Political observers keeping a close eye on the developments in Assam are quick to point to the government’s urgency behind pushing certain plans—a two-child policy for availing government benefits; eviction drives to free land ‘belonging’ to temples, satras and reserved forests from alleged encroachers; the proposed cattle protection law, or the proposed Assam marriage bill to check ‘love Jihad’ of all kinds.

“All these are aimed at pushing the same old narrative that the BJP successfully peddled in the Hindi heartland,” says Shahjahan Talukdar, a Guwahati-based social activist and publisher of Assamese daily Dainik Gana Adhikar.

The Assam government’s new-found enthusiasm displayed in decisions like changing the term ‘Gaon Burha’ (village headman) to ‘Gaon Pradhan’ has also not gone unnoticed.

The Hindutva push, many say, has elbowed out the region’s core issue of protecting its distinct identity and culture, greater economic development of the region and judicious use of its resources for the greater benefit of the region.

“The Himanta Biswa Sarma-led BJP government in Assam has surrendered Assamese identity to the ideology of RSS-BJP,” peasant leader and MLA Akhil Gogoi alleged pointing at the recent developments.

But is the cow-belt politics sustainable in the long run in a multicultural land known for its fascination with pork and beef meat?

Chinks in the armour

Much to the BJP’s worry, its formula already appears to be losing its utility in Manipur and Tripura, two of the four states where it is heading a government.

In both these states, the BJP is besieged by internal bickering as well as issues of non performance. The challenge is tougher for the party in Manipur as the state will go to the polls early next year.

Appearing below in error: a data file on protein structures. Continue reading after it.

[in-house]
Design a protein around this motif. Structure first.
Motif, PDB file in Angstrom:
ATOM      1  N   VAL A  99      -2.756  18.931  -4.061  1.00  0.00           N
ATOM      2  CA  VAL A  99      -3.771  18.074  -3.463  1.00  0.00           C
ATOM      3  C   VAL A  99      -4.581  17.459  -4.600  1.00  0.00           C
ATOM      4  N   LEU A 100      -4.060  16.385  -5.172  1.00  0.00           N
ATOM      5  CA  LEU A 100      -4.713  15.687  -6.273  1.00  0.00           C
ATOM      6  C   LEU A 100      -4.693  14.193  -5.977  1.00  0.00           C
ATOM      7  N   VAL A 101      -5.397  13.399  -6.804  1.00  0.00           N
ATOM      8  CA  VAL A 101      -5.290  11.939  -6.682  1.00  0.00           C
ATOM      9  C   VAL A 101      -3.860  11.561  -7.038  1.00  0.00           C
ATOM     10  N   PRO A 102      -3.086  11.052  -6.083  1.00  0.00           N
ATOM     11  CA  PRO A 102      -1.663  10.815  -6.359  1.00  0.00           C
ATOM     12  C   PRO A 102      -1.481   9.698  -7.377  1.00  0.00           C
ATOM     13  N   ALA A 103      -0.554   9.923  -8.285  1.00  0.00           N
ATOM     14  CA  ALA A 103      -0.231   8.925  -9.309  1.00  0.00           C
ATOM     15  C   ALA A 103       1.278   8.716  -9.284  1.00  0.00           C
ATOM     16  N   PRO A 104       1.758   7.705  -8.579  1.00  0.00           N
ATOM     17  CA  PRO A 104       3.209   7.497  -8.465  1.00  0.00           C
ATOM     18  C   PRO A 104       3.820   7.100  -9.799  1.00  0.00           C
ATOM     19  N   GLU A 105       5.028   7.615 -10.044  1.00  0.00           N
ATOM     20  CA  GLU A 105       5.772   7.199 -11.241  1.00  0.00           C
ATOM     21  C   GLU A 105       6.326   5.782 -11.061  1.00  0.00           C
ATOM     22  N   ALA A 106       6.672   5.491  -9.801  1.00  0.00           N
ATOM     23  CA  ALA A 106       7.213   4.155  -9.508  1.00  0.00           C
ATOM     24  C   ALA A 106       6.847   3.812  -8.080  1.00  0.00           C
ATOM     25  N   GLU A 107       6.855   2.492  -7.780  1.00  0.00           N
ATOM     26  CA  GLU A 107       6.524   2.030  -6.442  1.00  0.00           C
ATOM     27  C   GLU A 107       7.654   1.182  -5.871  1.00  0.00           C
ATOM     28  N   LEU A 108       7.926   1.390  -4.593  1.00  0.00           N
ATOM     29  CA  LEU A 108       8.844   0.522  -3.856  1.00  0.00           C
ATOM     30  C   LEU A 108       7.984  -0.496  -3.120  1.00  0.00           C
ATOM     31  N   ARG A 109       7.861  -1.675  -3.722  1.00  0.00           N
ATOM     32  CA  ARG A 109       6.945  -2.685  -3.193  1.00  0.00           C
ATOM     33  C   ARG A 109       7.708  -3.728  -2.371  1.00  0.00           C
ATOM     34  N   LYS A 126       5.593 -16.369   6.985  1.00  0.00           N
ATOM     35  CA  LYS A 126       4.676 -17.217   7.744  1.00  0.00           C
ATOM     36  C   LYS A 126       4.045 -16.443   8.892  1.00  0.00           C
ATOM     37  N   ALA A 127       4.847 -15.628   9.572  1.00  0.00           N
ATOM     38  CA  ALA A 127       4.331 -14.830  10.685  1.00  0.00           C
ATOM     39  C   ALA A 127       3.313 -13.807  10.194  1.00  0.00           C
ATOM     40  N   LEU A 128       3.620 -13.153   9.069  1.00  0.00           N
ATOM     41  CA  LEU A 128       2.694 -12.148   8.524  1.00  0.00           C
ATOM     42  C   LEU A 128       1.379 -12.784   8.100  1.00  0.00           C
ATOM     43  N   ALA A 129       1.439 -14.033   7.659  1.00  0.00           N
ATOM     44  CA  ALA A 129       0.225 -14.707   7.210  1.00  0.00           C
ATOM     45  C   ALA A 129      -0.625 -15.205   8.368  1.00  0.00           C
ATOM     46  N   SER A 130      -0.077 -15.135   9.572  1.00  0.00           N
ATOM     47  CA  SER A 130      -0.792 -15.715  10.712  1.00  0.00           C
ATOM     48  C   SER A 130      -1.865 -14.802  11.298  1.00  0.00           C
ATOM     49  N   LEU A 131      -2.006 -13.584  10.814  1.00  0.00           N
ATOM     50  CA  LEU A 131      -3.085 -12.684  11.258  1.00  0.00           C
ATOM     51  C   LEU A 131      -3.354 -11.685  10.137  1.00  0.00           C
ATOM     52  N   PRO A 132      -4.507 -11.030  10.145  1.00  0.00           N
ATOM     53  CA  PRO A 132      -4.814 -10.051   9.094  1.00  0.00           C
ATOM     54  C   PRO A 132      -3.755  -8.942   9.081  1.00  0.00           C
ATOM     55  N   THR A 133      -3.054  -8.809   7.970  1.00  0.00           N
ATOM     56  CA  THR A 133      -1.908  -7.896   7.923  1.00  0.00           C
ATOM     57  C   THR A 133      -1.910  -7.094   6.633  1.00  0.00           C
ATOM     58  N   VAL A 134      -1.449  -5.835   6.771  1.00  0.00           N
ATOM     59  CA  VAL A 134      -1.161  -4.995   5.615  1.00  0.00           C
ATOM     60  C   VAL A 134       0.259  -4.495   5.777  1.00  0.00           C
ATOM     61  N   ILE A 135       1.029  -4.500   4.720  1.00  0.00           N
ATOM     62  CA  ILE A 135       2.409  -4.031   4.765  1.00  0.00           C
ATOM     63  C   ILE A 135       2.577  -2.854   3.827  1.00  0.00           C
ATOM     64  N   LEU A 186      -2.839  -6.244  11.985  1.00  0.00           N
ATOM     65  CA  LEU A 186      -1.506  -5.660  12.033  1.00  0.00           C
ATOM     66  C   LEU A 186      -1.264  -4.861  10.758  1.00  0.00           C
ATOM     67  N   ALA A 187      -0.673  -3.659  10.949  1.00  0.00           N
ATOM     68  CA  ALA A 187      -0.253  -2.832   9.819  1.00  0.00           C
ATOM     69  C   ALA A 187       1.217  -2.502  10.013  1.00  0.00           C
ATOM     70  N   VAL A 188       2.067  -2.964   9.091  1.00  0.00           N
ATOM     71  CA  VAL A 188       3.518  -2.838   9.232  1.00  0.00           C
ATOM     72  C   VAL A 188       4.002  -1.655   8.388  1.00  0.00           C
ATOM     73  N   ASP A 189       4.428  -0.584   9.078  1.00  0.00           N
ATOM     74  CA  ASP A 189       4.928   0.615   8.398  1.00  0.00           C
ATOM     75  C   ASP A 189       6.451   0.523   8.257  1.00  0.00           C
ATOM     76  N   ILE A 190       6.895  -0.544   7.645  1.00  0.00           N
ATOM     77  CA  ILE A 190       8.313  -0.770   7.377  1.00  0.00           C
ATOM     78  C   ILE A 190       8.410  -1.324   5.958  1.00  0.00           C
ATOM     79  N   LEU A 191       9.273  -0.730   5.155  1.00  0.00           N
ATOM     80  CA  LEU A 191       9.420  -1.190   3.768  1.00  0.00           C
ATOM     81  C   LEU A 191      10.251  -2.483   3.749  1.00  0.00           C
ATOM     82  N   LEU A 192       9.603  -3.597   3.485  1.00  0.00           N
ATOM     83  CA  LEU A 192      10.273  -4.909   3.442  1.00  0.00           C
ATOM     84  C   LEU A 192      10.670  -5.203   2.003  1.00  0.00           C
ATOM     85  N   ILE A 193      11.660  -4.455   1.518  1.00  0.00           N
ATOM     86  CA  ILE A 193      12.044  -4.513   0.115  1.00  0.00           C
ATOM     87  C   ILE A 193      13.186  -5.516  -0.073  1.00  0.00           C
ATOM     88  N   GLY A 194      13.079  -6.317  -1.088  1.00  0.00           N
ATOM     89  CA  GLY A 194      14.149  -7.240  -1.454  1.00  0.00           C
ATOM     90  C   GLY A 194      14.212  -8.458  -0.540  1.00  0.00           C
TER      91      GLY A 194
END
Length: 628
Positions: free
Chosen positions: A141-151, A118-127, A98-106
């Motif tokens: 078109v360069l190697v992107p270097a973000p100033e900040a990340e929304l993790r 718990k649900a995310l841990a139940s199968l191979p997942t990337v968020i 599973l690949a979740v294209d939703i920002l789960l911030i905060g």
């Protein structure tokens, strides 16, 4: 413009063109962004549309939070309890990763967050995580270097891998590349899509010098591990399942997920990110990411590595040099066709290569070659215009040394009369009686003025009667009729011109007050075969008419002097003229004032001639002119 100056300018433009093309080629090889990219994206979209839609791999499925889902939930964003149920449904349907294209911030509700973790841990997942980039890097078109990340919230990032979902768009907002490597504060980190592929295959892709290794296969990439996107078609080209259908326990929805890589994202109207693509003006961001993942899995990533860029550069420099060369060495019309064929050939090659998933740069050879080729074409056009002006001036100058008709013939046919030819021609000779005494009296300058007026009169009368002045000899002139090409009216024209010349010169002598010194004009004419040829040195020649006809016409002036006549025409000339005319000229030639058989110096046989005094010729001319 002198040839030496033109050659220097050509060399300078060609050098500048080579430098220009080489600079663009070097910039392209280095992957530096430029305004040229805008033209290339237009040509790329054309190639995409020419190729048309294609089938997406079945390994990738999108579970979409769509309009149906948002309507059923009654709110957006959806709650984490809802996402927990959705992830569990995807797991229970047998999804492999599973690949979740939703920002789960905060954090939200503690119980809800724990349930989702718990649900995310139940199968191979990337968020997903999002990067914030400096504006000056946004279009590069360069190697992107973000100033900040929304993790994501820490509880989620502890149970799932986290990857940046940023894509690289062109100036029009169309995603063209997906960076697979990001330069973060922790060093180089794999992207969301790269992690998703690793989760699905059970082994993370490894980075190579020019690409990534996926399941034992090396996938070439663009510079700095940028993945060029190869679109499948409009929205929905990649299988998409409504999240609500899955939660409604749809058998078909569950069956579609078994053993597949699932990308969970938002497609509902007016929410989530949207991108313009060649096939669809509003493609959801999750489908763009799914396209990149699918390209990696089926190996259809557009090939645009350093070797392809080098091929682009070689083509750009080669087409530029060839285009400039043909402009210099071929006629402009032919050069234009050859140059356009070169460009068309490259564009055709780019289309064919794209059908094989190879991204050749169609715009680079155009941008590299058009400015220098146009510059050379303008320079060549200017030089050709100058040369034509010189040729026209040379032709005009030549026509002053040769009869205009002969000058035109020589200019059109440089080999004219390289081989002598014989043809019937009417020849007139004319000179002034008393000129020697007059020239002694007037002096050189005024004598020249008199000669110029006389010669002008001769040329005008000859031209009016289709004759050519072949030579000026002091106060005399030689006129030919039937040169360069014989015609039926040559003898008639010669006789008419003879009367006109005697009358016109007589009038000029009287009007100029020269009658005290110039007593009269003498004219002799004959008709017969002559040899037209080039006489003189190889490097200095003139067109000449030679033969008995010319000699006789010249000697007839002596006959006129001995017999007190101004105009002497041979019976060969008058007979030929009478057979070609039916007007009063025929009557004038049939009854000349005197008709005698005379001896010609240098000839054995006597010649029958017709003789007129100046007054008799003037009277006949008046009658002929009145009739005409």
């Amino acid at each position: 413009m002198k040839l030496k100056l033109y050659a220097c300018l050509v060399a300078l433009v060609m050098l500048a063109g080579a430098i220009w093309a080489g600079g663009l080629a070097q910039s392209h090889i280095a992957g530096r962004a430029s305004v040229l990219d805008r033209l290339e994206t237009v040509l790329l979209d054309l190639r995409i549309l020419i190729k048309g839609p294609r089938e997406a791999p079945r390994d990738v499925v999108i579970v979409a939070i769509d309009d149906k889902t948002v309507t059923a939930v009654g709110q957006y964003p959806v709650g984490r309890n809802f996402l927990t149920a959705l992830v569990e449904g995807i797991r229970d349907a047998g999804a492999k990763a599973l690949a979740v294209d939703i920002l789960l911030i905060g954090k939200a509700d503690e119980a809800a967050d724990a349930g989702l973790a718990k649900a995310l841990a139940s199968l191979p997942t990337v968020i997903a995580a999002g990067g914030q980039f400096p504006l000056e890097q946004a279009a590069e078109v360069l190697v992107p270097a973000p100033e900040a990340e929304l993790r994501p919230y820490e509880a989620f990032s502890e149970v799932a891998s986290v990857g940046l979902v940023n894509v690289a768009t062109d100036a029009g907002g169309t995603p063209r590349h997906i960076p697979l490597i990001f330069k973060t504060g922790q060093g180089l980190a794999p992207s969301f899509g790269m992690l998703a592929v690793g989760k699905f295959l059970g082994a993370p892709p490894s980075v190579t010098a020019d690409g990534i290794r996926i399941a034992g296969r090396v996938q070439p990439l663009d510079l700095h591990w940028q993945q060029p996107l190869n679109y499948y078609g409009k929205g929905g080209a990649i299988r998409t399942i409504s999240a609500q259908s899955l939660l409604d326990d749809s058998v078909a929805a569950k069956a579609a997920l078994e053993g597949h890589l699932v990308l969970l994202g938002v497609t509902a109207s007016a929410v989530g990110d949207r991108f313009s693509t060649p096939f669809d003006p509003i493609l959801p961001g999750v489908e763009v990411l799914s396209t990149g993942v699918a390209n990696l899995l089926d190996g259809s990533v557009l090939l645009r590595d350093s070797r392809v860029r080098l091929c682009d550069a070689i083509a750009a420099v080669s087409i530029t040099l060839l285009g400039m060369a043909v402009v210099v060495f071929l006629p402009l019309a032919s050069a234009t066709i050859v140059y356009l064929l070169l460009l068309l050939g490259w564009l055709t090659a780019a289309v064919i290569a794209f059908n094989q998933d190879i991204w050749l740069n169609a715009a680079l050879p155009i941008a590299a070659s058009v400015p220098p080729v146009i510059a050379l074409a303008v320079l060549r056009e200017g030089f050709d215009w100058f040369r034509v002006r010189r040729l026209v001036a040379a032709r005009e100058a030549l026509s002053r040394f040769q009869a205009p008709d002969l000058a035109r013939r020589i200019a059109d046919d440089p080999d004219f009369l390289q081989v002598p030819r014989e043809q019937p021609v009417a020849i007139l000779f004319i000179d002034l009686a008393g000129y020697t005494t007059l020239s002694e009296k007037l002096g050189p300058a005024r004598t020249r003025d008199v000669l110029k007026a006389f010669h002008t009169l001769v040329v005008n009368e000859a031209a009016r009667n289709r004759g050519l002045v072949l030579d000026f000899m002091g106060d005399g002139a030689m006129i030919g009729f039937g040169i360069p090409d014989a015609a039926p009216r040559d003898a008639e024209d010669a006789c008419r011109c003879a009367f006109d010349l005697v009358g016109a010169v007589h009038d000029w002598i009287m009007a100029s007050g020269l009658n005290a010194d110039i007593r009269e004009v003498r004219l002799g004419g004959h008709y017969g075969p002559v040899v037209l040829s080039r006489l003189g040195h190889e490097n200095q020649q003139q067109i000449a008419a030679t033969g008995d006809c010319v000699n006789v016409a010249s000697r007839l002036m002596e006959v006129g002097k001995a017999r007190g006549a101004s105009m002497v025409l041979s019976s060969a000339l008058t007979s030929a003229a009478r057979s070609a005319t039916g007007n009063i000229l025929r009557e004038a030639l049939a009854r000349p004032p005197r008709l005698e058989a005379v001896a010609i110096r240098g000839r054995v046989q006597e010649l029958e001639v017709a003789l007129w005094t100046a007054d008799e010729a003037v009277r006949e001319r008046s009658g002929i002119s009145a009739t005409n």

Former Assam chief minister Sarbananda Sonowal (right) who gave way to Himanta Biswa Sarma has been made a central minister

To mitigate the crises, the BJP did what it does better—playing to the gallery with the induction of five ministers in the Modi ministry billed as a game-changer for the region. But the highest-ever representation to the region in the Union government, is more out of a political exigency than any real concern for the region as the BJP spin doctors would like the people to believe.

Former Assam Chief Minister Sarbananda Sonowal needed to be rehabilitated after he was unceremoniously removed from the chief ministership even after leading the party into an electoral victory.

The two other new entrants from the region in the ministry Dr Rajkumar Ranjan Singh of Manipur and Pratima Bhoumik of Tripura on the other hand got the berth to woo the states where all is not well for the BJP.

Such posturing aside, the ground realities speak of a status quo in terms of the developmental goals and resolving of various conflicts that continue to simmer.

For instance, the recent escalation of border conflicts among Assam and its contiguous states, including the controversy over the Border Roads Organisation’s ‘renaming’ of a town in Arunachal Pradesh and showing it as part of Assam during a programme attended by Defence Minister Rajnath Singh has rubbed various organisations in the frontier state the wrong way.

These flare-ups, even though they failed to make national headlines, go on to prove that Northeast is not a homogeneous entity but a region that shares similar culture with contesting identities and ethnic aspirations.

“To lump the Northeastern states together as one entity, ignoring the diversity, is not enough to maintain the iron grip,” adds Mahanta.

Pushing the ‘one nation, one religion’ potion down the throats, he fears, will only create more divisions.